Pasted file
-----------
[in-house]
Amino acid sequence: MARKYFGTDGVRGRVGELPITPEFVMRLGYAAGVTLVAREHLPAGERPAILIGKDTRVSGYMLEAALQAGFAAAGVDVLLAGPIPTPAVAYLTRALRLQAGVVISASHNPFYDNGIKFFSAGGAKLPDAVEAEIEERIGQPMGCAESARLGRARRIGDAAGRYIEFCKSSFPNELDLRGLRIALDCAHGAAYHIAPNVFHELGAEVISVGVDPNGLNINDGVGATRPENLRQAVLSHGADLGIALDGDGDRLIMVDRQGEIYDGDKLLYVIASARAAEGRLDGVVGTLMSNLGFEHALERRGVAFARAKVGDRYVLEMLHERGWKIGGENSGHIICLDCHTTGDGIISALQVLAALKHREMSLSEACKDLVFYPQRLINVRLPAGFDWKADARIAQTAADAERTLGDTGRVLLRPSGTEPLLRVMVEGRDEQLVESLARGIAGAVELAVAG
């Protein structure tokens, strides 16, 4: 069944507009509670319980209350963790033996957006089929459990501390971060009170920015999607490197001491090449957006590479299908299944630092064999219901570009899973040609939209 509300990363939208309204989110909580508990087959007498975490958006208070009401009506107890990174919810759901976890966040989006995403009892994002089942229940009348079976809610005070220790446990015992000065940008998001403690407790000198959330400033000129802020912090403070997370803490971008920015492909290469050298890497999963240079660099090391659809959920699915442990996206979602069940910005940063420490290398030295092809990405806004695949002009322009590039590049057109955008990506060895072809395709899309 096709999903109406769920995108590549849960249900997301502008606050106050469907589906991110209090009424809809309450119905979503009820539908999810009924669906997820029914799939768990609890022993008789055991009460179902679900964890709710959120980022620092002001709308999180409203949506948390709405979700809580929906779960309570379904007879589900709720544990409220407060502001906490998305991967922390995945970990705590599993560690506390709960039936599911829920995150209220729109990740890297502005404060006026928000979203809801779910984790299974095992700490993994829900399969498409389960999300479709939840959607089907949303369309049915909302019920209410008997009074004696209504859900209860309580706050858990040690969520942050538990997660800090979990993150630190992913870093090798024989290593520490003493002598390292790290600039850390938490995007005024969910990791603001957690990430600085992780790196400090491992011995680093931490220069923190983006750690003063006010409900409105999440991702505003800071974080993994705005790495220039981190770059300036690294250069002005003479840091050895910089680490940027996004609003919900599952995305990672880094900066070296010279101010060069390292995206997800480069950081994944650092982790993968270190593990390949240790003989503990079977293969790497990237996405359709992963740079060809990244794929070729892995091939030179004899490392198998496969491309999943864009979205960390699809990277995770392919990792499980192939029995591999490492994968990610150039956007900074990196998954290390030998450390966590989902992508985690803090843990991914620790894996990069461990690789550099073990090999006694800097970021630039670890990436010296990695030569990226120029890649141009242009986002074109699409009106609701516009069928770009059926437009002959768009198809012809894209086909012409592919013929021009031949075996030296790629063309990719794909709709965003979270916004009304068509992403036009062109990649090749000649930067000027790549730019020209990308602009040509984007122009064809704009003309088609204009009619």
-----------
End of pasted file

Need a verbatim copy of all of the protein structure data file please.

[in-house]
Amino acid sequence: MARKYFGTDGVRGRVGELPITPEFVMRLGYAAGVTLVAREHLPAGERPAILIGKDTRVSGYMLEAALQAGFAAAGVDVLLAGPIPTPAVAYLTRALRLQAGVVISASHNPFYDNGIKFFSAGGAKLPDAVEAEIEERIGQPMGCAESARLGRARRIGDAAGRYIEFCKSSFPNELDLRGLRIALDCAHGAAYHIAPNVFHELGAEVISVGVDPNGLNINDGVGATRPENLRQAVLSHGADLGIALDGDGDRLIMVDRQGEIYDGDKLLYVIASARAAEGRLDGVVGTLMSNLGFEHALERRGVAFARAKVGDRYVLEMLHERGWKIGGENSGHIICLDCHTTGDGIISALQVLAALKHREMSLSEACKDLVFYPQRLINVRLPAGFDWKADARIAQTAADAERTLGDTGRVLLRPSGTEPLLRVMVEGRDEQLVESLARGIAGAVELAVAG
């Protein structure tokens, strides 16, 4: 069944507009509670319980209350963790033996957006089929459990501390971060009170920015999607490197001491090449957006590479299908299944630092064999219901570009899973040609939209 509300990363939208309204989110909580508990087959007498975490958006208070009401009506107890990174919810759901976890966040989006995403009892994002089942229940009348079976809610005070220790446990015992000065940008998001403690407790000198959330400033000129802020912090403070997370803490971008920015492909290469050298890497999963240079660099090391659809959920699915442990996206979602069940910005940063420490290398030295092809990405806004695949002009322009590039590049057109955008990506060895072809395709899309 096709999903109406769920995108590549849960249900997301502008606050106050469907589906991110209090009424809809309450119905979503009820539908999810009924669906997820029914799939768990609890022993008789055991009460179902679900964890709710959120980022620092002001709308999180409203949506948390709405979700809580929906779960309570379904007879589900709720544990409220407060502001906490998305991967922390995945970990705590599993560690506390709960039936599911829920995150209220729109990740890297502005404060006026928000979203809801779910984790299974095992700490993994829900399969498409389960999300479709939840959607089907949303369309049915909302019920209410008997009074004696209504859900209860309580706050858990040690969520942050538990997660800090979990993150630190992913870093090798024989290593520490003493002598390292790290600039850390938490995007005024969910990791603001957690990430600085992780790196400090491992011995680093931490220069923190983006750690003063006010409900409105999440991702505003800071974080993994705005790495220039981190770059300036690294250069002005003479840091050895910089680490940027996004609003919900599952995305990672880094900066070296010279101010060069390292995206997800480069950081994944650092982790993968270190593990390949240790003989503990079977293969790497990237996405359709992963740079060809990244794929070729892995091939030179004899490392198998496969491309999943864009979205960390699809990277995770392919990792499980192939029995591999490492994968990610150039956007900074990196998954290390030998450390966590989902992508985690803090843990991914620790894996990069461990690789550099073990090999006694800097970021630039670890990436010296990695030569990226120029890649141009242009986002074109699409009106609701516009069928770009059926437009002959768009198809012809894209086909012409592919013929021009031949075996030296790629063309990719794909709709965003979270916004009304068509992403036009062109990649090749000649930067000027790549730019020209990308602009040509984007122009064809704009003309088609204009009619």